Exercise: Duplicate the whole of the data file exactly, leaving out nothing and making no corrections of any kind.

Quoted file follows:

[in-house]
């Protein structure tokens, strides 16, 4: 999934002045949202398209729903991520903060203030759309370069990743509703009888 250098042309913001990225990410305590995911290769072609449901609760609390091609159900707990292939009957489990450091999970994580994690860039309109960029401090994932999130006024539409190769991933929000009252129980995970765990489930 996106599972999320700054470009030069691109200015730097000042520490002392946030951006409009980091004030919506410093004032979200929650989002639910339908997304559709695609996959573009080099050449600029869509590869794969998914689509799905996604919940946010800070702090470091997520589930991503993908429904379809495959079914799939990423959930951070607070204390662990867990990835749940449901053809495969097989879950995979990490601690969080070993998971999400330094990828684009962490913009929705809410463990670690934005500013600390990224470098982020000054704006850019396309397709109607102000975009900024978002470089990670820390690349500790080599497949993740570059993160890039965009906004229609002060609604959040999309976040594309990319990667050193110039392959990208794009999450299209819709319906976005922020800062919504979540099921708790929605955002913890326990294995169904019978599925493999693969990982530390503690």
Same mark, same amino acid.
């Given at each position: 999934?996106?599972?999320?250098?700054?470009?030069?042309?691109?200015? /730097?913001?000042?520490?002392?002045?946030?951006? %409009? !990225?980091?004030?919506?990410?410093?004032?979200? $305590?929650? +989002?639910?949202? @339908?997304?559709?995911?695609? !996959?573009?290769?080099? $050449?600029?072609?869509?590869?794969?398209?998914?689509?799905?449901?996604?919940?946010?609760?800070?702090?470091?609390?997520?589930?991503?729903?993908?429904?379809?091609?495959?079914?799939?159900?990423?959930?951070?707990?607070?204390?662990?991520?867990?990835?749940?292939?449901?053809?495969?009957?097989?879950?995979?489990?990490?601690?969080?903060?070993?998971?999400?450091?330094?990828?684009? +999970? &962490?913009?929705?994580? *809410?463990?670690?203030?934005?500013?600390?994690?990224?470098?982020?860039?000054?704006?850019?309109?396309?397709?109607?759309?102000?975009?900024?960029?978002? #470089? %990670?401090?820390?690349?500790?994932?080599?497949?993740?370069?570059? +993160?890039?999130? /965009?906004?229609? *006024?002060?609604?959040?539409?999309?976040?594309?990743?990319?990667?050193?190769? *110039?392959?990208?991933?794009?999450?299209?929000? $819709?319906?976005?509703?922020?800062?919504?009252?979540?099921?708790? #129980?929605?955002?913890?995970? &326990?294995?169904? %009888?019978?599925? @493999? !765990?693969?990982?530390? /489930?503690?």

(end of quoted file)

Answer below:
[in-house]
């Protein structure tokens, strides 16, 4: 999934002045949202398209729903991520903060203030759309370069990743509703009888 250098042309913001990225990410305590995911290769072609449901609760609390091609159900707990292939009957489990450091999970994580994690860039309109960029401090994932999130006024539409190769991933929000009252129980995970765990489930 996106599972999320700054470009030069691109200015730097000042520490002392946030951006409009980091004030919506410093004032979200929650989002639910339908997304559709695609996959573009080099050449600029869509590869794969998914689509799905996604919940946010800070702090470091997520589930991503993908429904379809495959079914799939990423959930951070607070204390662990867990990835749940449901053809495969097989879950995979990490601690969080070993998971999400330094990828684009962490913009929705809410463990670690934005500013600390990224470098982020000054704006850019396309397709109607102000975009900024978002470089990670820390690349500790080599497949993740570059993160890039965009906004229609002060609604959040999309976040594309990319990667050193110039392959990208794009999450299209819709319906976005922020800062919504979540099921708790929605955002913890326990294995169904019978599925493999693969990982530390503690």
Same mark, same amino acid.
């Given at each position: 999934?996106?599972?999320?250098?700054?470009?030069?042309?691109?200015? /730097?913001?000042?520490?002392?002045?946030?951006? %409009? !990225?980091?004030?919506?990410?410093?004032?979200? $305590?929650? +989002?639910?949202? @339908?997304?559709?995911?695609? !996959?573009?290769?080099? $050449?600029?072609?869509?590869?794969?398209?998914?689509?799905?449901?996604?919940?946010?609760?800070?702090?470091?609390?997520?589930?991503?729903?993908?429904?379809?091609?495959?079914?799939?159900?990423?959930?951070?707990?607070?204390?662990?991520?867990?990835?749940?292939?449901?053809?495969?009957?097989?879950?995979?489990?990490?601690?969080?903060?070993?998971?999400?450091?330094?990828?684009? +999970? &962490?913009?929705?994580? *809410?463990?670690?203030?934005?500013?600390?994690?990224?470098?982020?860039?000054?704006?850019?309109?396309?397709?109607?759309?102000?975009?900024?960029?978002? #470089? %990670?401090?820390?690349?500790?994932?080599?497949?993740?370069?570059? +993160?890039?999130? /965009?906004?229609? *006024?002060?609604?959040?539409?999309?976040?594309?990743?990319?990667?050193?190769? *110039?392959?990208?991933?794009?999450?299209?929000? $819709?319906?976005?509703?922020?800062?919504?009252?979540?099921?708790? #129980?929605?955002?913890?995970? &326990?294995?169904? %009888?019978?599925? @493999? !765990?693969?990982?530390? /489930?503690?």